Share People's Pain, Not Their Suffering
Just as insight has many facets, so also with service. I would like to talk about just one aspect -- compassion.
Compassion is practiced in two ways: subtly and overtly. You can subtly serve any person with whom you interact by allowing their poison and pain to resonate deeply within you, and experiencing it completely so that it does not turn into suffering within you. This is the healthy alternative to both callous indifference and enervating enmeshment.
This subtle service is a natural extension of the self-liberation process. You purified your own pain by willingly experiencing it with mindfulness and equanimity. Now, in daily interaction, you open yourself up to other people's pain. But you apply mindfulness and equanimity to it as it resonates within you. By experiencing another person's pain in this liberated way, you are subtly, subliminally helping them to do the same. People want to have you around, but they cannot say exactly why. The reason is that your body is constantly preaching a wordless sermon to everybody you interact with, even casually.IPrat's deeply fulfilling to share (com) the pain (passion), but not share the suffering.
Subtle is significant, but we must also serve in a more overt, tangible way. The form that this overt service takes depends on our personal interests and abilities and on the norms of the culture in which we live. For some, it's expressed in how they raise their families. For others, it will take the form of social action or helping professions. Some may express it through the use of special powers, such as the ability to heal. For many, overt service takes the form of teaching and supporting people's spiritual practice.
- From "Meditation: Escaping into Life" an interview with Shinzen Young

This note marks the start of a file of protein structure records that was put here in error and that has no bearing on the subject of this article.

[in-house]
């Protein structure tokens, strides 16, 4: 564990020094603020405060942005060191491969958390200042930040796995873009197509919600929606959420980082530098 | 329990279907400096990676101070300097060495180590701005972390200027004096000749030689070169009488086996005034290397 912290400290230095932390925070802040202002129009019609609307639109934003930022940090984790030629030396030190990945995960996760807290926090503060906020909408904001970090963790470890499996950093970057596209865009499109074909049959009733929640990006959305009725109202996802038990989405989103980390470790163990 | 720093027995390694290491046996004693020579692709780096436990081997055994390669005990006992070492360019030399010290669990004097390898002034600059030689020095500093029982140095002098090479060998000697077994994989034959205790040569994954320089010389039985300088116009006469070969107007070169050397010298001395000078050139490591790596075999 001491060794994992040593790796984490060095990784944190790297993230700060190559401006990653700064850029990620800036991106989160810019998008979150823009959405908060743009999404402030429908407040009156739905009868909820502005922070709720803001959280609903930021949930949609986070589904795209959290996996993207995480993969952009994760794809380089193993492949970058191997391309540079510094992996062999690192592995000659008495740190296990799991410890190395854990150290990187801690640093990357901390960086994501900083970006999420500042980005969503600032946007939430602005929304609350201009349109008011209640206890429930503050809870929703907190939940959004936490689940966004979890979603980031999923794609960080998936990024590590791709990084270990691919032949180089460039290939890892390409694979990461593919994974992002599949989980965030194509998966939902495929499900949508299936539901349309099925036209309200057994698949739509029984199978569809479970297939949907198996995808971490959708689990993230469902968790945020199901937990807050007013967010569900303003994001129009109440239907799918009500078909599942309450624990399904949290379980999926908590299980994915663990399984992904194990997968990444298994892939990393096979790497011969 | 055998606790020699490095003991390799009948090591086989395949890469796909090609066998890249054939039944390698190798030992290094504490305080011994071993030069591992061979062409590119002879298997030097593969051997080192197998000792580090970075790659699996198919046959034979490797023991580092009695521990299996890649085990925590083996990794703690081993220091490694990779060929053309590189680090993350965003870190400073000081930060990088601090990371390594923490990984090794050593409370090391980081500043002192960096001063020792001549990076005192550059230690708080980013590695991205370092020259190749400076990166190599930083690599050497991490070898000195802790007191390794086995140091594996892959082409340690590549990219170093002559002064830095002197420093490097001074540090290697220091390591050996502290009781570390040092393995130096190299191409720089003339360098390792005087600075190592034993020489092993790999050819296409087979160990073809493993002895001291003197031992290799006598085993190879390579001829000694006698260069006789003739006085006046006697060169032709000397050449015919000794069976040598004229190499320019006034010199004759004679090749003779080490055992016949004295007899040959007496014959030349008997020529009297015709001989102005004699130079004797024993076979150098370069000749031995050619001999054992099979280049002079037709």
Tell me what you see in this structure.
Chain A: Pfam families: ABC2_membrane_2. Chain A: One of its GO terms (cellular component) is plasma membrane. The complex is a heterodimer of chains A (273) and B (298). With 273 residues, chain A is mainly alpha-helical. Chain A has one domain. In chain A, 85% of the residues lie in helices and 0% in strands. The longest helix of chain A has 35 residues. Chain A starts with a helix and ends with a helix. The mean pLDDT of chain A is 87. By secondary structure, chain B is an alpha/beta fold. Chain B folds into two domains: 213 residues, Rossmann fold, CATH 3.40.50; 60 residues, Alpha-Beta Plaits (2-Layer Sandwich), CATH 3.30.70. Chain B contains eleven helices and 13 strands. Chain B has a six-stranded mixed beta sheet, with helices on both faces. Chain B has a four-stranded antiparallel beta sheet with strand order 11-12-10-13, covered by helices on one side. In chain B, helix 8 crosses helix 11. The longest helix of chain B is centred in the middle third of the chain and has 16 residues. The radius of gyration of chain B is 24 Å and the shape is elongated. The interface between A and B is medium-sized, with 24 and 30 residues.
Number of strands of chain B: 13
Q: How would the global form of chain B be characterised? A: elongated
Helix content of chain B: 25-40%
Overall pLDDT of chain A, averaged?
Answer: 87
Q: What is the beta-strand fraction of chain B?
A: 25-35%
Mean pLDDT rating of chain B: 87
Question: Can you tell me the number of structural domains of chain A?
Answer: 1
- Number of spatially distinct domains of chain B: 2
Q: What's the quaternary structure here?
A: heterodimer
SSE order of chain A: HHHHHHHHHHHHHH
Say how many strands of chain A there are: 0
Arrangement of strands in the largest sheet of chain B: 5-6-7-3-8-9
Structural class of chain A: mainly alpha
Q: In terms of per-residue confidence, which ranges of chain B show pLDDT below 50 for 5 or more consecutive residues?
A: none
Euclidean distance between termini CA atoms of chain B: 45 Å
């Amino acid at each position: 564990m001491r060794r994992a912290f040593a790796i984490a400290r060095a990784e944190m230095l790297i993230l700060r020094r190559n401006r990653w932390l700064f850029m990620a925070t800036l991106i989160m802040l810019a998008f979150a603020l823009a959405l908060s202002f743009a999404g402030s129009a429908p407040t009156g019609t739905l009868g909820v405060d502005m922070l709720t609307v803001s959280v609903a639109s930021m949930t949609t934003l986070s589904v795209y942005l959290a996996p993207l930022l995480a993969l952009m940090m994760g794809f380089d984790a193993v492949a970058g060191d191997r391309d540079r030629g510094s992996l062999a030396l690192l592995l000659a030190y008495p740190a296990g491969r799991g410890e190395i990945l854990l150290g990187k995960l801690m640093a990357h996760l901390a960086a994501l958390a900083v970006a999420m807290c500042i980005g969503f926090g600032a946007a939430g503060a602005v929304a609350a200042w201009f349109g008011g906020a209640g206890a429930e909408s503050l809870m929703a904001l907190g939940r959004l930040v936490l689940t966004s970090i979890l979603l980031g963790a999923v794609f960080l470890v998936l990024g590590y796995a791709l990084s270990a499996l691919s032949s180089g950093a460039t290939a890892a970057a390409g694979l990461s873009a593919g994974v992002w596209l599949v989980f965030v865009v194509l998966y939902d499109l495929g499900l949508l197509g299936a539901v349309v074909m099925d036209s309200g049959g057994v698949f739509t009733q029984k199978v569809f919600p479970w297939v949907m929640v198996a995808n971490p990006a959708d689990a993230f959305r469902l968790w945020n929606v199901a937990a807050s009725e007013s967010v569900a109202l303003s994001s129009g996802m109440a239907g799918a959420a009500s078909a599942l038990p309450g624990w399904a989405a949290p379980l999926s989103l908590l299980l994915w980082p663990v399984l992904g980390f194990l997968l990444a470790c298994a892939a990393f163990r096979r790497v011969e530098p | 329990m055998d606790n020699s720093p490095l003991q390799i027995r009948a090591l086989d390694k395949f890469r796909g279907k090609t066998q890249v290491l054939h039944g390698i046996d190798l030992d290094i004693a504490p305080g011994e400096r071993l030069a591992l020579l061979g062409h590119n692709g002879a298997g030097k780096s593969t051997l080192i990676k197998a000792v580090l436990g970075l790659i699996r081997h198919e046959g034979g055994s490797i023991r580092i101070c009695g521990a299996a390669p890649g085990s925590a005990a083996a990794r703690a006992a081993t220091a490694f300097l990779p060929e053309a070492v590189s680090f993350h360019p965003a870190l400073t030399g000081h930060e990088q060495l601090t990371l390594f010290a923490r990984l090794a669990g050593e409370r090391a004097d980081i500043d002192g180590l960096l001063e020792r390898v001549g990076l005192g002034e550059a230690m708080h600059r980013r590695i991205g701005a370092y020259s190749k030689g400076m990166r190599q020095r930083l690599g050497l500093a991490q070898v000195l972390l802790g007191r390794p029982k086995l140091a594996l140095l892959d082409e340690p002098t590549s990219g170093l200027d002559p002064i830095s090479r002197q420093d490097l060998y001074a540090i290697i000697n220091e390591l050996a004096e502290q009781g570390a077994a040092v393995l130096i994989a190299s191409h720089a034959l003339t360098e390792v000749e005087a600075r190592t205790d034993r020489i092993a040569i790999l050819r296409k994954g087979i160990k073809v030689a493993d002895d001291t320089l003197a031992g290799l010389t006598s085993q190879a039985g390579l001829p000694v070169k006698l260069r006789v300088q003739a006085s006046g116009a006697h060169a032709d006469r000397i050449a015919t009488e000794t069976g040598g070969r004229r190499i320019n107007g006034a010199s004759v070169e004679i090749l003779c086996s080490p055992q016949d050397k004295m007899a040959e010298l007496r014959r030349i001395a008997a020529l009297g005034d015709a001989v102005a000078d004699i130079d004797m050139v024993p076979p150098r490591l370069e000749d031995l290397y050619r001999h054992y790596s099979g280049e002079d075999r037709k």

Equanimity: A Radical Permission to Feel
Equanimity is a fundamental skill for self-exploration and emotional intelligence. It is a deep and subtle concept frequently misunderstood and easily confused with suppression of feeling, apathy or inexpressiveness.
Equanimity comes from the Latin word aequus meaning balanced, and animus meaning spirit or internal state. As an initial step in understanding this concept, let's consider for a moment its opposite: what happens when a person loses internal balance.
In the physical world we say a person has lost balance if they fall to one side or another. In the same way a person loses internal balance if they fall into one or the other of the following contrasting reactions:
Suppression –A state of though/feeling arises and we attempt to cope with it by stuffing it down, denying it, tightening around it, etc.
Identification –A state of thought/feeling arises and we fixate it, hold onto it inappropriately, not letting it arise, spread and pass with its natural rhythm.
Between suppression on one side and identification on the other lies a third possibility, the balanced state of non-self-interference…equanimity. […]
Equanimity belies the adage that you cannot “have your cake and eat it too.”When you apply equanimity to unpleasant sensations, they flow more readily and as a result cause less suffering. When you apply equanimity to pleasant sensations, they also flow more readily and as a result deliver deeper fulfillment. The same skill positively affects both sides of the sensation picture. Hence the following equation:
Psycho-spiritual Purification = (Pain x Equanimity) + (Pleasure x Equanimity.
Furthermore, when feelings are experienced with equanimity, they assure their proper function as motivators and directors of behavior as opposed to driving and distorting behavior. Thus equanimity plays a critical role in changing negative behaviors such as substance and alcohol abuse, compulsive eating, anger, violence, and so forth.